@Rob: Glad to hear that your legal status permits you to get back to work. I think, the first step is to evaluate your readiness. Take a look at QA job postings(for your relevant experience and skills) and make an assessment about where you stand. If you feel its necessary, take some time to brush up your skills(if needed, consider taking an online class). Remember, you might be rustic at the beginning, but we rarely unlearn what we learned. It might just take a little bit of time to come back to you is all, so please be patient with yourself.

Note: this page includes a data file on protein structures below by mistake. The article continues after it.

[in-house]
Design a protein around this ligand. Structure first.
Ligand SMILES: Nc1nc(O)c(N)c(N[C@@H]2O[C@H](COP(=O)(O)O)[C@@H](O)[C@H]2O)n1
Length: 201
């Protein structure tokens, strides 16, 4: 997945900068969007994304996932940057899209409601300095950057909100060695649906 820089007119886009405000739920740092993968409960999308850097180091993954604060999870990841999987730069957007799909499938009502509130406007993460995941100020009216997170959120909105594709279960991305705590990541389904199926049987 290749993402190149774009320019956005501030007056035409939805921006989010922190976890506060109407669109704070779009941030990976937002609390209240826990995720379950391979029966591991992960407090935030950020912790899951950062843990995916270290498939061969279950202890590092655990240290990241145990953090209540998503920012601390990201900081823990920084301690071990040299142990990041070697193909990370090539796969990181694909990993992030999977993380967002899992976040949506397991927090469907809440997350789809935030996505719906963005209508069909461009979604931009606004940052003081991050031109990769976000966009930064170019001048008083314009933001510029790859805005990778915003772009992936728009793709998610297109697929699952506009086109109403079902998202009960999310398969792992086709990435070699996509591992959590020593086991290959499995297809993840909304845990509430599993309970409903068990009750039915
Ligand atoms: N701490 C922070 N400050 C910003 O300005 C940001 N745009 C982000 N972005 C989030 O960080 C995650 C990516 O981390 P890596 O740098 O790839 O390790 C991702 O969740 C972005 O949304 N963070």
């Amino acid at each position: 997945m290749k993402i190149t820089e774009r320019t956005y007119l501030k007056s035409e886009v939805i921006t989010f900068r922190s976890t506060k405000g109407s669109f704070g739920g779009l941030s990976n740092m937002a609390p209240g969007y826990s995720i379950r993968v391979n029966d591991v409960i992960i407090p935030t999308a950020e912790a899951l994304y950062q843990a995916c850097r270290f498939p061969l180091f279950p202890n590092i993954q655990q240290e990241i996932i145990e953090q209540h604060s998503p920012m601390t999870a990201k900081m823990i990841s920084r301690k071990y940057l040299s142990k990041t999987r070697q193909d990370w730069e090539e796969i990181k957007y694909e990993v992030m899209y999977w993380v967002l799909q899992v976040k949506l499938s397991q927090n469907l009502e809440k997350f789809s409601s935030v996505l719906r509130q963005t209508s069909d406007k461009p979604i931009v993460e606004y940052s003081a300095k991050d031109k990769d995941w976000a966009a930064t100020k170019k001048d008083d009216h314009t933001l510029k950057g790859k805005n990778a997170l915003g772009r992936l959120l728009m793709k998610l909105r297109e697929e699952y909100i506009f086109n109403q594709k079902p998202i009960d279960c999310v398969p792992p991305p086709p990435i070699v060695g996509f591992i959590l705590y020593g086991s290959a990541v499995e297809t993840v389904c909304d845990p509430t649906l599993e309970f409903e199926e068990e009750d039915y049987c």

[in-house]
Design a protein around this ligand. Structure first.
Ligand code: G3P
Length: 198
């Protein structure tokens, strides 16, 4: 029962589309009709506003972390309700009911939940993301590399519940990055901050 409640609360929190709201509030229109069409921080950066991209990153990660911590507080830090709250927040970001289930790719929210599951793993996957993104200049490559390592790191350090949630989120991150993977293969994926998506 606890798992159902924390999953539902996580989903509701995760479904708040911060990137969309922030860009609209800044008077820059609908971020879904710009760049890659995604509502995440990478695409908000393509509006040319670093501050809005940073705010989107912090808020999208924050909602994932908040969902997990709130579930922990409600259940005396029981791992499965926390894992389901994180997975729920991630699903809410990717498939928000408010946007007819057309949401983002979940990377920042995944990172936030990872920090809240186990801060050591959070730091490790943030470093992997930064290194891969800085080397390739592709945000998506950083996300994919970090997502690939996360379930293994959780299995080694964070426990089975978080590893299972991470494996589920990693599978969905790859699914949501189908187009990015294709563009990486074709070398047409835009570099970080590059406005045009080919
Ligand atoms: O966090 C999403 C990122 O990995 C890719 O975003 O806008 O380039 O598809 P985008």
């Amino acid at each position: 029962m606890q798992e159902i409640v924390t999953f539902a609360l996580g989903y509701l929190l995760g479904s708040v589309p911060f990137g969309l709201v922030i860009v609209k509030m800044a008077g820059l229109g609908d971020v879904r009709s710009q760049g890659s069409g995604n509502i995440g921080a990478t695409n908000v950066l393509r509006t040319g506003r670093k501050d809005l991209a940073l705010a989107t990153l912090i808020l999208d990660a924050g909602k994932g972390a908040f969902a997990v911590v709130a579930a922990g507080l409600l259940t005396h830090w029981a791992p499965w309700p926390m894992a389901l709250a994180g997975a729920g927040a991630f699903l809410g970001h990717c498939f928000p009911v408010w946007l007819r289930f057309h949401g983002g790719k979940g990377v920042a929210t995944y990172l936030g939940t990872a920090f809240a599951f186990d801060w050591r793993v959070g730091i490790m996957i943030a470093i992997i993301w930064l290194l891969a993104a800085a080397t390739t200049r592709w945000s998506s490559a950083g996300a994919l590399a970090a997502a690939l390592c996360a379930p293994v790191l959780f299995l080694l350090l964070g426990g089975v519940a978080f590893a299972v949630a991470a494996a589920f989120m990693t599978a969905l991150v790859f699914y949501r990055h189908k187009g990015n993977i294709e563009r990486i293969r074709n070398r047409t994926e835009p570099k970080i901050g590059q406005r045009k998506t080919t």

I am not hiring Lisp, Prolog, Erlang, APL, Scheme, Clipper, PowerBuilder, Delphi, Pascal, Perl, Ruby, Python (forgive me for including those four in this list), Fortran, Ada, Algol, PL/1, OCaml, F#, Spec#, Smalltalk, Logo, StarLogo, Haskell, ML, D, Cobra, B, or even COBOL (which is fairly mainstream) developers. If you show these on your resume, I will want to interview you just for the sake of slipping in a few questions about these items. I am serious. As part of my secret geekiness, I am really into obscure and almost obscure languages and technologies. I know that a lot of those items take better-than-industry-average intellect and experience to do; they also provide a set of experiences that gives their practitioners a great angle on problems. While you will never directly use those skills in my shop, you will be using those ways of thinking, and it will give us something to talk about on your first day.